What does the word Viking even mean?

Viking in Old Norse

Viking in Old Norse is víkingr. The ‘r’ on the end is essentially a grammatical feature of Old Norse for denoting a masculine noun. It is often dropped in English transliteration (for example, people may write the name of the god Freyr as Frey). In Old Norse, víkingr was someone who was a seaborne raider/adventurer.

Noun or Verb

Víkingr and plural forms of the word, such as víkingum or víkingar, appear as nouns describing Scandinavian seaborne raiders in the sagas, Eddic poetry, and runestones.

We see literally carved in stone the term “Viking” being used as a noun and to denote people. From the context, it does not seem that “Viking” referred to everybody, though, but to some type of traveling warrior.

Viking’ also used as a Verb in Old Norse

Viking could also be a verb in Old Norse. This verb meant the act of seaborne raiding or adventuring. So, a víkingr would víking, or in other words, a seaborne raider would raid by sea. In many historical fiction books, this is rendered “to go viking.”

There is no evidence to suggest that the verb was more prevalent than the noun or adjective. However, it is fair to say that Vikings used the terms víkingr and víking differently than we use these terms.

What Vikings Called Themselves, and What Other People Called Them

It is essential to remember that in our ancestors’ times many of the current cultural values did not exist. ideals, concepts, and information we now take for granted had not developed yet. Today, one of the strongest ways people identify is by their nationality – we are Americans, Norwegians, etc. While many of Europe’s nations began to form and organize in the Viking Age, national identity was then only in its embryonic stages.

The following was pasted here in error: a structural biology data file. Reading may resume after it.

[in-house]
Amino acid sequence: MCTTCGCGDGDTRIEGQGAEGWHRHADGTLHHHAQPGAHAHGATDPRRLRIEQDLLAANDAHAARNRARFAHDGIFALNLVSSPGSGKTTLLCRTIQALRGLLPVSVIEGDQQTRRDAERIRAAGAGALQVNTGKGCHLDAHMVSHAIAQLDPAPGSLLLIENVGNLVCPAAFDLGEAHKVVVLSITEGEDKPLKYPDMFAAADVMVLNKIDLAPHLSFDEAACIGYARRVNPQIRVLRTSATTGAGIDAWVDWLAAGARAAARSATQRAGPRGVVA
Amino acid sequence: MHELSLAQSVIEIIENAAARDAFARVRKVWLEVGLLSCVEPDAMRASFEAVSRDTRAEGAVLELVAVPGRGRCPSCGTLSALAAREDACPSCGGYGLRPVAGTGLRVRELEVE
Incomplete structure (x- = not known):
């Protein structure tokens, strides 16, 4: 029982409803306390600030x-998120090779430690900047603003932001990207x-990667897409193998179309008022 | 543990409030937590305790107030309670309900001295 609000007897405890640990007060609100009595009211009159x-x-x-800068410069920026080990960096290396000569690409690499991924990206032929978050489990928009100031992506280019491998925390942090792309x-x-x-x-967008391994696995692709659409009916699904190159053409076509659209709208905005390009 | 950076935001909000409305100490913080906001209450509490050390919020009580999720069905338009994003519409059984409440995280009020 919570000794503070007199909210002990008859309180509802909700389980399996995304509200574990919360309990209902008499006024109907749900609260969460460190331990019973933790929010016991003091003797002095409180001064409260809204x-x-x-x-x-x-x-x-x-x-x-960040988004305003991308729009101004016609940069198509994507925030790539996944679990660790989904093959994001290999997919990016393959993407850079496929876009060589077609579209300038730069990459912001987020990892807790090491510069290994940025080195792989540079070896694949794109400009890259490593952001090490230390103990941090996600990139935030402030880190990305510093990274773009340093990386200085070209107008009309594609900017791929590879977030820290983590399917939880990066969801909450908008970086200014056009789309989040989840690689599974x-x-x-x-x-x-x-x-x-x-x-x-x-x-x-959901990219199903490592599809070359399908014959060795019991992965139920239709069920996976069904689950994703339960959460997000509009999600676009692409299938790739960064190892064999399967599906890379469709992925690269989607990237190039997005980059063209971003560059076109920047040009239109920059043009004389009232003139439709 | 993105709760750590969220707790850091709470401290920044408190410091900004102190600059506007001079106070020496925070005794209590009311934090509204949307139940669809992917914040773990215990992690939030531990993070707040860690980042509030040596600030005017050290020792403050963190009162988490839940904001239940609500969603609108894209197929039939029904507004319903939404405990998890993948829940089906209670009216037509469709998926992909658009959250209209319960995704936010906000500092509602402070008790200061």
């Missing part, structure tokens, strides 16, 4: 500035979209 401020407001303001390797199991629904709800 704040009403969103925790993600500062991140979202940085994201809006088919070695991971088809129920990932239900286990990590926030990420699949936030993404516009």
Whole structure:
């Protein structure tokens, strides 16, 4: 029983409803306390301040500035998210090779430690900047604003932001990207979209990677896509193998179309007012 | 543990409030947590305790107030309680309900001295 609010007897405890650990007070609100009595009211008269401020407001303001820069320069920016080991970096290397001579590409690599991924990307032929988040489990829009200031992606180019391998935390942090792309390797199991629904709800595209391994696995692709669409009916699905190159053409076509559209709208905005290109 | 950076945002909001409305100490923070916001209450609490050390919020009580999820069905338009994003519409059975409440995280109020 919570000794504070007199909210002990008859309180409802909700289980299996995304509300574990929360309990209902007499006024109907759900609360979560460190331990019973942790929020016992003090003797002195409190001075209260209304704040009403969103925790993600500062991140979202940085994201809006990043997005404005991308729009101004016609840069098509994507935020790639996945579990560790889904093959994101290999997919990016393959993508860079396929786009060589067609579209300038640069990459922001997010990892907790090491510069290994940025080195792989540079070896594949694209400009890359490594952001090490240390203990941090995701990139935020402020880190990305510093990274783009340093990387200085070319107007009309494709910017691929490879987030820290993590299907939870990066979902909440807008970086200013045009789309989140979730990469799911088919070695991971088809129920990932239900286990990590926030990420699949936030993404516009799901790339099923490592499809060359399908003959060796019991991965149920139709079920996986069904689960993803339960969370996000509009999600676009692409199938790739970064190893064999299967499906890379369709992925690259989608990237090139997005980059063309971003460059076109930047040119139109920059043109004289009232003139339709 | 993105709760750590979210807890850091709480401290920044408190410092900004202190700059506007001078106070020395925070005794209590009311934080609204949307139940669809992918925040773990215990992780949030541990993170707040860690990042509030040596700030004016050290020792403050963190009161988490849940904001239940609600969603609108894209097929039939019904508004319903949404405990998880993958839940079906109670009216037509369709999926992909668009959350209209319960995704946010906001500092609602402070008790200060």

As the Viking Age dawned, the Nordic peoples of Scandinavia shared a common language, culture, and faith. However, they did not share a strong sense of common identity, as evidenced by their constant wars, raiding, and competition – even within the geographical boundaries of their homeland. They were divided into numerous tribes or clans.

Their societies were arranged in small units united by kinship and their allegiance was to local chieftain. The first “King of All Norway,” Harald Fairhair, did not consolidate power until a century into the Viking Age, and the political boundaries of Denmark, Norway, and Sweden would not solidify for several centuries after that.

So, while Vikings used the term víkingr for a seaborne adventurer, early medieval Scandinavian peoples had no overarching name for themselves. They did not think that way. Instead, they identified themselves by family, clan, and tribal loyalties. During the Viking Age, these intimate groups formed larger and larger networks and affected greater and greater changes far from home. 

Vikings might not have had a common term for themselves, but their enemies had many. The English and the French tended to call them all Danes. Archeology is abundantly clear, though, that the “Great Heathen Army,” the “Army of the Seine,” and these other large forces were not just Danes but mixed companies from locations wherever Vikings roamed. 

English monks, writing in Latin, also adopted the word, Wiccinga/Wiccingi (the Old English form of ‘viking’ in Latinized singular and plural forms). This capitalization in the manuscripts strongly suggests the Vikings were known by that name, and that it is not just a generic descriptor.

There were other names in other places. In Ireland, the Vikings were called “the Foreigners.” In the east – Russia, Ukraine, Belarus, the Byzantine Empire, Bulgaria, and the Mediterranean – Vikings were called Varangians (“sworn companions”) and Rus’. To the Moors of Spain and the Arabs around the Caspian, they were called Majūs.

Source: Sons Of Vikings

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